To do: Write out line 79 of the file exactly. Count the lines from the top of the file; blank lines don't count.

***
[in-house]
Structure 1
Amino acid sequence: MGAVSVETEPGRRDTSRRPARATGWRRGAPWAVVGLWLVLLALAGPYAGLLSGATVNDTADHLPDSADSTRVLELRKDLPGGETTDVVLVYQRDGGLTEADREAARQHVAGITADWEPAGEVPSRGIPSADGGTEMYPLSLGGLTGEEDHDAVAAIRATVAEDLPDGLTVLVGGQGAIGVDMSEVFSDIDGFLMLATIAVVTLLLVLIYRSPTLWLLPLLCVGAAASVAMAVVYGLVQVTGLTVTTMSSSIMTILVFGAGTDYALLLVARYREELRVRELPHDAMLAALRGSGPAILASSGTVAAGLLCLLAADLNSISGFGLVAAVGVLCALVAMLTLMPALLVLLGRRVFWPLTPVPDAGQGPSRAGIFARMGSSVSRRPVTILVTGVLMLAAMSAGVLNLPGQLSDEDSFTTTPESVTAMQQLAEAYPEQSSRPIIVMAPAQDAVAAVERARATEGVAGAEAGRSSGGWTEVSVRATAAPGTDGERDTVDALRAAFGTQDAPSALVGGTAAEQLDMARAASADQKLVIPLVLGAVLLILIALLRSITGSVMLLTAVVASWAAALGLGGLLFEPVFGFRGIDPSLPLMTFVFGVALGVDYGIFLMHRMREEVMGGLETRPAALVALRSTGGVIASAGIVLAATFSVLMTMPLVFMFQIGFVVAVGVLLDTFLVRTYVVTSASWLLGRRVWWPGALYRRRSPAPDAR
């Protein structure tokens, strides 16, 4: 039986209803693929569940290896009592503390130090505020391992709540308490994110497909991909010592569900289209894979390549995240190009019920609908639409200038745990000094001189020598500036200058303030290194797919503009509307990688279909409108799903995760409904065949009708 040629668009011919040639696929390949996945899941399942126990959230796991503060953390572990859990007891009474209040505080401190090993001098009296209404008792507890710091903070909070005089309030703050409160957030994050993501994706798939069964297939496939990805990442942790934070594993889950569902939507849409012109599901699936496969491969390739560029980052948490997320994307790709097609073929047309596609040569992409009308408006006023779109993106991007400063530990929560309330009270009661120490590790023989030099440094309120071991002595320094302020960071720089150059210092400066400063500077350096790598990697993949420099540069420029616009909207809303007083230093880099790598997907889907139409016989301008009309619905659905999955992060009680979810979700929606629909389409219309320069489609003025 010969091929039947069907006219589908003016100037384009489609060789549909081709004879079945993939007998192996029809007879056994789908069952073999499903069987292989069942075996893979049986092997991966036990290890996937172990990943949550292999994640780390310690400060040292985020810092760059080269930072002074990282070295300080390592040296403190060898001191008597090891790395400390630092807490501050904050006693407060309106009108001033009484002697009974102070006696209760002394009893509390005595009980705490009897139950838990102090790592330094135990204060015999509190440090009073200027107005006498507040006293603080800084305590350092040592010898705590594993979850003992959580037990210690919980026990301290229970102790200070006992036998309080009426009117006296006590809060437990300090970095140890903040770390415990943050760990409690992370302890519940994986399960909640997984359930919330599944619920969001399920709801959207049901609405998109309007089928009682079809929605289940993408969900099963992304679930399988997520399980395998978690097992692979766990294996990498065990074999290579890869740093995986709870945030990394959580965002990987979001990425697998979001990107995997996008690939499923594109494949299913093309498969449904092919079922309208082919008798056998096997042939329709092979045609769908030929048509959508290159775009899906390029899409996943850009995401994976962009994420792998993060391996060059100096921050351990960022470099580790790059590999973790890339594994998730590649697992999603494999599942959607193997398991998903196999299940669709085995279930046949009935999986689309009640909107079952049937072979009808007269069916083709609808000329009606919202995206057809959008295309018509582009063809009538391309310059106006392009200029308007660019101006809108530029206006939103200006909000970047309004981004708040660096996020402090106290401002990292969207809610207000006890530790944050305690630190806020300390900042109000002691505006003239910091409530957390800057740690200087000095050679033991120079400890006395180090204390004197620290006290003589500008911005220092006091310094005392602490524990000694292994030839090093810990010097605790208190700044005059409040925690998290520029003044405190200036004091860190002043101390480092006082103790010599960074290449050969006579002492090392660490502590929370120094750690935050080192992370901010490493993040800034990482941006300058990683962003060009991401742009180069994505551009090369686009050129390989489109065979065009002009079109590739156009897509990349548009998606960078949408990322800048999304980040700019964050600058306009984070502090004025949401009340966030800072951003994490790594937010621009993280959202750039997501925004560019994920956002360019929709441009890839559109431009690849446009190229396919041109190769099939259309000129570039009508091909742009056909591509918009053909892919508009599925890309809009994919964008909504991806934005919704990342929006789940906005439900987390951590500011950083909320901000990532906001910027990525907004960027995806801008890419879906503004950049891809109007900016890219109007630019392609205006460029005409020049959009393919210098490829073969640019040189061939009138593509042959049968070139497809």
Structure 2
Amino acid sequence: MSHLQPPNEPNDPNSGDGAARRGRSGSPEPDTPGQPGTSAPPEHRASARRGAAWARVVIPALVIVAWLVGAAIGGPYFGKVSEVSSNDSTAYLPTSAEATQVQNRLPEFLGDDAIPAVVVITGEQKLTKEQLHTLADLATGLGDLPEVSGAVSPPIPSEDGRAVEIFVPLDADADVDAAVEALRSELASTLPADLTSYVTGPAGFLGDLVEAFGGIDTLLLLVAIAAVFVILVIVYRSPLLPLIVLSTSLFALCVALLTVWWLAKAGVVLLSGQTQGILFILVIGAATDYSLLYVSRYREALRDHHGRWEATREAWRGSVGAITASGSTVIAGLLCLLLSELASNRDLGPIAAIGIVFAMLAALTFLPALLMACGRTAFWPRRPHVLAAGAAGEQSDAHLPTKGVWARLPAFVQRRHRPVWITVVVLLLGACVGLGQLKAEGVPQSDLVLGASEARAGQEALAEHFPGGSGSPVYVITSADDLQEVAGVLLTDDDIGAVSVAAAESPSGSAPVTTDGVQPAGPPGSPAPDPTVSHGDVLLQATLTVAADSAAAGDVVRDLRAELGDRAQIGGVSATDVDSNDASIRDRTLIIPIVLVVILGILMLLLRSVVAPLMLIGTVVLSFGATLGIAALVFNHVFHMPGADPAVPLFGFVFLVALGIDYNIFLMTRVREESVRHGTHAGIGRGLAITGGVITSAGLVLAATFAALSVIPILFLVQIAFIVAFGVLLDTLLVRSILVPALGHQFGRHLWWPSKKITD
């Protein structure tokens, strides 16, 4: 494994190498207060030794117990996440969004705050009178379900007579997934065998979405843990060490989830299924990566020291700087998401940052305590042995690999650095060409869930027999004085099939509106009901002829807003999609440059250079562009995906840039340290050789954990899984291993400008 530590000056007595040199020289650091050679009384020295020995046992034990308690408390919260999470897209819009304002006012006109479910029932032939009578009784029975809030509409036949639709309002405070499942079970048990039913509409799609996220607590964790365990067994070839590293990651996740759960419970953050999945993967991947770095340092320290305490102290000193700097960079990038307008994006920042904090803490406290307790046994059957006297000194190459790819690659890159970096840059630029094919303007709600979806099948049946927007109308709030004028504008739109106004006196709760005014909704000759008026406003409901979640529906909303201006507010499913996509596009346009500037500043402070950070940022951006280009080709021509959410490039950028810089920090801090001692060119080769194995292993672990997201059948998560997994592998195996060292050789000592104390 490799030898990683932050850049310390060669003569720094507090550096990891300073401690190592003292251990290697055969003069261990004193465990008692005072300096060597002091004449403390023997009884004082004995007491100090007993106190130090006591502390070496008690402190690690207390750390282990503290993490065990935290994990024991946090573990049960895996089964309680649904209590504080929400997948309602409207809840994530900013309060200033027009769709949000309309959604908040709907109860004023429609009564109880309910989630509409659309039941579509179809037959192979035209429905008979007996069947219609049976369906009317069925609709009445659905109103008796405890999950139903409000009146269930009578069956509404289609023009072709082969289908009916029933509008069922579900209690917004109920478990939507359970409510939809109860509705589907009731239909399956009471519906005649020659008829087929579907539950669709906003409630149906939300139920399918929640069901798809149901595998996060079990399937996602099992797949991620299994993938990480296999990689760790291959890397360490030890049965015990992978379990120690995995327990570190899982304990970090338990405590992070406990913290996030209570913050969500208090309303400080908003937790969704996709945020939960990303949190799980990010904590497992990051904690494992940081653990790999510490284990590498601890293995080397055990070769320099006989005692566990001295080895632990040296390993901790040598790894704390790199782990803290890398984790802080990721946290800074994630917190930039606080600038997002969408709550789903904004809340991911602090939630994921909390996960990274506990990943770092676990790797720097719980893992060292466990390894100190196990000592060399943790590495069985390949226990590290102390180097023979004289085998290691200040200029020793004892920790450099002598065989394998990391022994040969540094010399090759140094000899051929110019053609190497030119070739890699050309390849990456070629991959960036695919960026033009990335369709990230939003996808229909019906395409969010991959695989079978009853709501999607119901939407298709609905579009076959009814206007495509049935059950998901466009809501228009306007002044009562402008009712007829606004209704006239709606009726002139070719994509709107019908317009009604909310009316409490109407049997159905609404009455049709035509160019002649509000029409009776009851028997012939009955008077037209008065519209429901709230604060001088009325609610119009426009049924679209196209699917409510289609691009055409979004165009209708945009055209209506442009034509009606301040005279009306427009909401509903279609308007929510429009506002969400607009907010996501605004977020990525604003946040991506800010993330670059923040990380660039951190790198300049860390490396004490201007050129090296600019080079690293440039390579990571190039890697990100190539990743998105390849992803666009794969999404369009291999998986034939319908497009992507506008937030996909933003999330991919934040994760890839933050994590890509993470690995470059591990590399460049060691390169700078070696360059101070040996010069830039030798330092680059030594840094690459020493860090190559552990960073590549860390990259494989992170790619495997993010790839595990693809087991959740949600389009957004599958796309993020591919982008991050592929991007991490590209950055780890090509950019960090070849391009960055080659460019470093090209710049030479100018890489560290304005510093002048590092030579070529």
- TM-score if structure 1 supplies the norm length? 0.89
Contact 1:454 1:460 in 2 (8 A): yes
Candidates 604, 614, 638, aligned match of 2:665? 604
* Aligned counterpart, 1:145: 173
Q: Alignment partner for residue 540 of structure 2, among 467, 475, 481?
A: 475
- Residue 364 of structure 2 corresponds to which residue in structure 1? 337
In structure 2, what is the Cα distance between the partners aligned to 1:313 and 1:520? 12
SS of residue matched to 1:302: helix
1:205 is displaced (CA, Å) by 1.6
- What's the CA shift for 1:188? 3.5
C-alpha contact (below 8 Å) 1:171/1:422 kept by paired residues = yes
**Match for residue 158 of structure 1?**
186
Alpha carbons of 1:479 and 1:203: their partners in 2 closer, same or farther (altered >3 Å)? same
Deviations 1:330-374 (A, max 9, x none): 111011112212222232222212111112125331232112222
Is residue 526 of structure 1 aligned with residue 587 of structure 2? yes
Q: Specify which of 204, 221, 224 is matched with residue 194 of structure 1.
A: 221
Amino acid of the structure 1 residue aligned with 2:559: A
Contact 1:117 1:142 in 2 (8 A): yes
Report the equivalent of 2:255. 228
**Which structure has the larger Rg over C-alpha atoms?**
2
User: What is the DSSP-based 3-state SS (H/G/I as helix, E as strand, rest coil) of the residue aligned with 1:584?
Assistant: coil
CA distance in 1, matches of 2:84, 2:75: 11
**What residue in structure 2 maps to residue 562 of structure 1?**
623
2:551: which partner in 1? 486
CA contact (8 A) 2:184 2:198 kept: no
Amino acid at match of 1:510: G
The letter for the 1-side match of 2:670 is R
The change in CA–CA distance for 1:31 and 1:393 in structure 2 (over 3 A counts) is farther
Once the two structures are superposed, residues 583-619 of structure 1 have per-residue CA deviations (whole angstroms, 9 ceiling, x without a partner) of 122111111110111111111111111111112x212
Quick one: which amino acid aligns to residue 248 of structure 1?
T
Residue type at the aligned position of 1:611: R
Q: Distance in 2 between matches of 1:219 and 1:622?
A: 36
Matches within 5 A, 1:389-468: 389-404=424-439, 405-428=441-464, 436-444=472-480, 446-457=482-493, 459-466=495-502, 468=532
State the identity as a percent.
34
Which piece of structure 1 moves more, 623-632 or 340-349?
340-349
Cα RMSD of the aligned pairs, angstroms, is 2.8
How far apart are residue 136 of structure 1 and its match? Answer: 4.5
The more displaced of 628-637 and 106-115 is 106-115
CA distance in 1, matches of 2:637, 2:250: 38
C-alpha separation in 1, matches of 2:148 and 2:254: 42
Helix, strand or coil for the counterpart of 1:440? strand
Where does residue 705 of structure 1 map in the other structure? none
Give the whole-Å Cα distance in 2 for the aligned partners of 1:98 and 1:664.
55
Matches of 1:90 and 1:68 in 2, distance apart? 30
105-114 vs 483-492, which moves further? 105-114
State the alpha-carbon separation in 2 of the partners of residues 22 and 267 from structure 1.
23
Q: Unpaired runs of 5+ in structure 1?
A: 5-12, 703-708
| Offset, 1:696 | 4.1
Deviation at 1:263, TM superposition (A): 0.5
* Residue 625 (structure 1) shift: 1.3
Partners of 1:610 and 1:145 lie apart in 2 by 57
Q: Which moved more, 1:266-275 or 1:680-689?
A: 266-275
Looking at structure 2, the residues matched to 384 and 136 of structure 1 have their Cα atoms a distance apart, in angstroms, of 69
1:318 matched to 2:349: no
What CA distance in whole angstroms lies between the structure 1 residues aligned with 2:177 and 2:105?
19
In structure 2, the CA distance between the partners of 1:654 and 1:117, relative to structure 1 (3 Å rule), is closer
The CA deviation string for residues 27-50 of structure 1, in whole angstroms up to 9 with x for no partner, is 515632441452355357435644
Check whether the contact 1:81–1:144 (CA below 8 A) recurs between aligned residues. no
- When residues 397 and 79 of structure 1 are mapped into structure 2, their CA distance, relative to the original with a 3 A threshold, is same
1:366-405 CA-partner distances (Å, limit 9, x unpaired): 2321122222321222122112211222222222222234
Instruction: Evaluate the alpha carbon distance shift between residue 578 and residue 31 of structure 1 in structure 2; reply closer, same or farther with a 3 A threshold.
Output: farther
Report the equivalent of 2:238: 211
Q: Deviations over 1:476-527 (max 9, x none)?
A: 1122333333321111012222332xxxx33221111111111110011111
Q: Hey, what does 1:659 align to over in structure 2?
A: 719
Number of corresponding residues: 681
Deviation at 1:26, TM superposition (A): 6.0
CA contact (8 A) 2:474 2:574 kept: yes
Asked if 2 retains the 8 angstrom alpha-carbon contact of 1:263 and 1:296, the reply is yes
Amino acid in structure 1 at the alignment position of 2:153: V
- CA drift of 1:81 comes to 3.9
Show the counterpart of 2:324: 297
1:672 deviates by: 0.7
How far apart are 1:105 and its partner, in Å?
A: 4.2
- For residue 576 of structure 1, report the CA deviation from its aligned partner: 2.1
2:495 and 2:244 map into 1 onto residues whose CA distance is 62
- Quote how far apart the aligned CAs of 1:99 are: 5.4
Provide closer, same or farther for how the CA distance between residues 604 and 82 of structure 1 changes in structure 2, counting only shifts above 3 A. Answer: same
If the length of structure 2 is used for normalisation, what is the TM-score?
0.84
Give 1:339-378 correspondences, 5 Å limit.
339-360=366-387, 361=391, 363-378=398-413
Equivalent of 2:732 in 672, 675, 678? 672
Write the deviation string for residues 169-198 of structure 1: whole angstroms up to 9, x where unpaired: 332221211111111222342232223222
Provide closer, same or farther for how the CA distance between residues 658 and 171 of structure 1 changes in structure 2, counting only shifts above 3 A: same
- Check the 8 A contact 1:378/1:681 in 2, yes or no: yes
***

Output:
The CA deviation string for residues 27-50 of structure 1, in whole angstroms up to 9 with x for no partner, is 515632441452355357435644